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The green car: Television automobile advertising and the environmental attitudes of television viewers

Will Hughes, University of Massachusetts Amherst

Abstract

Television contributes to social learning. Most people believe in supporting the environment yet high-polluting, gas-guzzling SUVs and trucks are the most popular vehicles purchased by Americans. The literature supports the view entertainment television talks very little about the environment and the causes or solutions to pollution. Television informational programming rarely reports on environmental issues and may actually vilify the environment by emphasizing natural disasters, storms, etc. Some informational programs trivialize nature. ^ Into this milieu, ubiquitous ads trumpet the automobile as a means to access and dominate nature. Mobility and the status of owning an automobile are lifestyle values advanced by the Dominant Social Paradigm and its cultural arm, television. The automobile is the most advertised product in history. Manufacturers have made automobiles an integral part of the American lifestyle by placing automobiles prominently in cultural products such as movies, songs and television shows and supporting the products with billions of dollars in advertising. For over 100 years, ads portrayed the automobile as a means to access and dominate nature, a form of status and an integral component of the American Dream. ^ This project documents the role of automobiles and mobility in popular culture through a cultural history of the automobile. A content analysis of 200 automobile commercials was conducted to investigate natural images in television ads. Finally, focus group research was used to hear discourses about automobiles, the environment and automobile advertising. ^ Americans privilege mobility. The role of the automobile in American society and culture is quite salient. Although people articulate concern for the environment in the abstract, the root causes of these problems do not seem apparent to most people. Immediate action or action by individuals to address environmental problems is not critical. There is considerable faith that technology, industry or the government will solve environmental problems before they impact lifestyle. Industry causes pollution, not people or the consumerist lifestyle. ^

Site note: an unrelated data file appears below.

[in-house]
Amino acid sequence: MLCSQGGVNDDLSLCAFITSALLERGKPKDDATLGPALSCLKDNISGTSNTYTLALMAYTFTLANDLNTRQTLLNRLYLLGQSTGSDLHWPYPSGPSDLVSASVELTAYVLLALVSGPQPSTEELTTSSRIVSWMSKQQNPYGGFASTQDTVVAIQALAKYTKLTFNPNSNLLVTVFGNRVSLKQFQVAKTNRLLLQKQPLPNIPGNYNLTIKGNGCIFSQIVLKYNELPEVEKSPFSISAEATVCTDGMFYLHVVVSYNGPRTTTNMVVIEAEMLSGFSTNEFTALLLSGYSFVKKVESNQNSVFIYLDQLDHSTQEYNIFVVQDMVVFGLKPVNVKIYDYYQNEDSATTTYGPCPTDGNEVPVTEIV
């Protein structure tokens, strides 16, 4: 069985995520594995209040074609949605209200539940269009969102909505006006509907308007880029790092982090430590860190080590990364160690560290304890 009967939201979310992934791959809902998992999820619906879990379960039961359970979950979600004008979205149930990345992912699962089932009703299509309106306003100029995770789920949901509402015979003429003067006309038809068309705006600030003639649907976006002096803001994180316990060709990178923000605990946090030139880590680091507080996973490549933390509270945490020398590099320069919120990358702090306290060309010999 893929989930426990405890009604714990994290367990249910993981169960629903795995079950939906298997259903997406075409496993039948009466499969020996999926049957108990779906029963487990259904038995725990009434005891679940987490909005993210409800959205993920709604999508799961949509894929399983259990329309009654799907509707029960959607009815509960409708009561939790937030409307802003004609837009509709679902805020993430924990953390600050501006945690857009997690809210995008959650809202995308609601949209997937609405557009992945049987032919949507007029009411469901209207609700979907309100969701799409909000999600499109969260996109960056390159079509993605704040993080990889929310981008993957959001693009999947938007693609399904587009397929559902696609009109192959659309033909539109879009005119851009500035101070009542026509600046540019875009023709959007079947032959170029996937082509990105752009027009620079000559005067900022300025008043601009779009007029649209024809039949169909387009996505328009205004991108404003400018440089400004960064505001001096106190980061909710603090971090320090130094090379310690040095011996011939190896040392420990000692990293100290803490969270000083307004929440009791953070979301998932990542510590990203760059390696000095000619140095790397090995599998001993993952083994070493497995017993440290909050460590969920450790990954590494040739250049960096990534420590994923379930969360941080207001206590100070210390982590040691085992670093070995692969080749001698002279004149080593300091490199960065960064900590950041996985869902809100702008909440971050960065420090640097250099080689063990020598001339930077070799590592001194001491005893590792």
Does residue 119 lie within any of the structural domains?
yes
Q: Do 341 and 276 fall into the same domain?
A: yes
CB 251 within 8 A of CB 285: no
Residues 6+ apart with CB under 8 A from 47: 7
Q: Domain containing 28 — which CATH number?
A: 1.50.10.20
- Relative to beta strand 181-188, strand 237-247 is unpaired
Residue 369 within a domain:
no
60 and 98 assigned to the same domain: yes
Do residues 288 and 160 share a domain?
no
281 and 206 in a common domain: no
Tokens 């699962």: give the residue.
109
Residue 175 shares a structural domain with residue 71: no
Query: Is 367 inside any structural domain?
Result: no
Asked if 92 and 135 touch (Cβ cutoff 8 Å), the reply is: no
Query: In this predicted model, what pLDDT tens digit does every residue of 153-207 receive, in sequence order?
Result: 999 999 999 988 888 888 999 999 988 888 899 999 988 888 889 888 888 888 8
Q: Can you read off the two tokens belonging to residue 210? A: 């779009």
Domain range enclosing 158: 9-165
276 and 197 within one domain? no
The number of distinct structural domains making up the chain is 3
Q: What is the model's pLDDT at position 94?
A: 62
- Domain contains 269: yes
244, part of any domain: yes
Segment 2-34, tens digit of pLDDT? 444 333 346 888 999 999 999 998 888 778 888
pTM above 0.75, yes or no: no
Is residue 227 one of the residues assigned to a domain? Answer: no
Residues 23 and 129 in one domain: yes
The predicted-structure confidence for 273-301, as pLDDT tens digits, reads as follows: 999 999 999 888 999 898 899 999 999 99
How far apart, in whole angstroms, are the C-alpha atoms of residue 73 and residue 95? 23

Subject Area

Marketing|Mass communication|Environmental science

Recommended Citation

Hughes, Will, "The green car: Television automobile advertising and the environmental attitudes of television viewers" (2005). Doctoral Dissertations Available from Proquest. AAI3179887.
https://scholarworks.umass.edu/dissertations/AAI3179887

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